Plastic bags are so ubiquitous a part of life in New York that we barely register them. Many of us hardly notice when one is caught in the branches over our heads, blocking a storm drain, or lodged under the track rails. The average plastic bag is used for 12 minutes before we discard them—23 billion of them each year.
Last week, Governor Cuomo introduced a bill that, if passed, would ban single-use plastic bags. Though the bill stops short of banning produce bags or plastic wrap, as well as disposable rigid-plastic items like straws, utensils, and takeout containers, there are ecofriendly products that can help wean you off of all your disposables. They’re the things that allow me to feel good about doing my part without sacrificing looks. Below, the actually nice-looking reusable items that I’ve been using to get ahead of the ban.
Anytime you are about to reach for plastic wrap, use this instead. These beeswax wraps do the job of taking care of leftovers—clinging to the tops of bowls, keeping a lemon-half fresh — but you can also take it to the deli counter and use it for cheese or cold cuts. For the crafty, it’s rigid enough to be folded origami-style into pouches that can hold loose items like mushrooms or chips. It’s reusable, lasts for almost a year, and when you’re done? Put it in the compost bin and order a new set. [Editor’s note: We’ve also written about another type of beeswax wrap before.]
This lunch box is perfect for people who like books, or at least like objects whose exteriors belie their purpose. It’s sort of the unisex, Olympia Le-Tan take on a lunchbox. Plus it’s quite large—think Anna Karenina-size—ideal for picking up a bagel, or a sandwich plus an apple and cookies. At home, I keep it on my cookbook shelf; at work, it blends right in with the rest of my desk accessories.
If you’re not as much of a sandwich person, this bowl is just great for salads, grain bowls, and burrito bowls. It comes with a little dressing pot and a fork with a slanted edge that is pretty decent at cutting things. Designed to be easy to hold with one hand, it’s ideal for springtime park-bench eating.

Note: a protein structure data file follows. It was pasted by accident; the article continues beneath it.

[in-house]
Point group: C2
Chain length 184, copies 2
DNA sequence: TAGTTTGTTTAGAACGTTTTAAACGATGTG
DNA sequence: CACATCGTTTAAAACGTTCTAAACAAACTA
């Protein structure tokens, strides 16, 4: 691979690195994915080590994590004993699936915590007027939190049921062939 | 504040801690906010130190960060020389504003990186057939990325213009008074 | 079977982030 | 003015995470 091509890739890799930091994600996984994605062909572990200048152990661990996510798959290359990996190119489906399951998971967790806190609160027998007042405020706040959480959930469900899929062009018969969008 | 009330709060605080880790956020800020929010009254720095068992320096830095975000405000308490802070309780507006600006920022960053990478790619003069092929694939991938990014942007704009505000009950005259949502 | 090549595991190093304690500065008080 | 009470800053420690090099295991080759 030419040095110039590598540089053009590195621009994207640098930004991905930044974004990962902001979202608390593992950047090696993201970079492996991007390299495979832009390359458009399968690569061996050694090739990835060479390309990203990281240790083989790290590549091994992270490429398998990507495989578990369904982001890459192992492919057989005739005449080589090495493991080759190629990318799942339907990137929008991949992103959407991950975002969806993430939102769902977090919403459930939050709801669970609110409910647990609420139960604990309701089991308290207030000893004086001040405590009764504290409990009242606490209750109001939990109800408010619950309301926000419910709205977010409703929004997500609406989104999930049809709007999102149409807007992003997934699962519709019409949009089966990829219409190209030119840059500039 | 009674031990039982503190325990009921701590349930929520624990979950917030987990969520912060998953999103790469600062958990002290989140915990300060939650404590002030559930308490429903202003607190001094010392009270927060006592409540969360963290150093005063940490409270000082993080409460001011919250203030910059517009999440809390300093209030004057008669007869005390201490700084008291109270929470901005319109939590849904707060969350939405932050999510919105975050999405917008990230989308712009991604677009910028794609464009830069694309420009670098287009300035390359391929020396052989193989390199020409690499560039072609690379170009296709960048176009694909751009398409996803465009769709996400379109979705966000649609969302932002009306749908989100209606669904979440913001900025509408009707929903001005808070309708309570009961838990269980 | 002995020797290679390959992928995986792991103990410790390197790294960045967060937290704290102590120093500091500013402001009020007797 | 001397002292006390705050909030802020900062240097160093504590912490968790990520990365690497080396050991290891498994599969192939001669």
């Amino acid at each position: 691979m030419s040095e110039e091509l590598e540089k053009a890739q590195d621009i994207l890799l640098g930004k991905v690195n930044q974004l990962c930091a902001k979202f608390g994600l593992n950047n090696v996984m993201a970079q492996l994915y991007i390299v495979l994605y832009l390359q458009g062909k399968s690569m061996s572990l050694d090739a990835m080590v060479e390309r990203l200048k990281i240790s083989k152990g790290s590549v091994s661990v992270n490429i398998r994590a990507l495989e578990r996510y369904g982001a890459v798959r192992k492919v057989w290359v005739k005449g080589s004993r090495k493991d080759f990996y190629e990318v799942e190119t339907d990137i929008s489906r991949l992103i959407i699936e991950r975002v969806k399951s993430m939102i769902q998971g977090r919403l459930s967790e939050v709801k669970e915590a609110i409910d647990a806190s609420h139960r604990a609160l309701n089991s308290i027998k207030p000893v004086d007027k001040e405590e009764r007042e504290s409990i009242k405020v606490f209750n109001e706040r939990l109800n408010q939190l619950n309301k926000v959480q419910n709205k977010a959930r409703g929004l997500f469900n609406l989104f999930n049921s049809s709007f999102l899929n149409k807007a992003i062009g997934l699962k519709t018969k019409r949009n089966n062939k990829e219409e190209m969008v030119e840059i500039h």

Iced-coffee season is upon us, which means that plastic straws are about to be everywhere.
Taiwan and Britain both recently announced a ban on plastic straws, and the E.U. reportedly has one in the works. Even if you’re not leaving the country, these stainless steel straws provide a vastly superior drinking experience. Plastic straws are among the easiest environmental nuisances to forego, especially if you have a polished stainless-steel straw in your backpack or handbag. [Editor’s note: This is another set we like.]
This burlap wine bag is a game changer. Rolled up, it fits inside a clutch or a back pocket for wine pickups en route to a party. For competitive types, it doubles as an excellent blind-tasting bag.
Rather than use the plastic bags you’ll see at the supermarket, try these mesh and muslin produce bags to keep produce fresher and less wilted. I use the muslin bags for bread, pastry, or bulk items like grains or nuts, while the mesh ones are super for picking up fruits and veg at the farmers’ market. Each bag includes the tare weight to ensure you pay only for what you are buying.
This bag isn’t quite big enough for a full shopping trip, but it’s the right size for packing lunch from home or even keeping in the office for a lunch run to Dig Inn or Pret.
From a distance, this bag could almost be mistaken for a standard plastic bag. The tote has the classic New York design, the square-cut neck and wide handles—but with none of the downsides. It’s extremely durable, holds almost three times the capacity of a standard shopping bag, and since it folds into a five-inch square pouch, is convenient to have on hand in your backpack or purse at all times.
Brownie points for this one: Not only does it have all the usual benefits of a Baggu—that really tough ripstop nylon that prevents snags or tears—but it’s made from old sails that were headed to a landfill.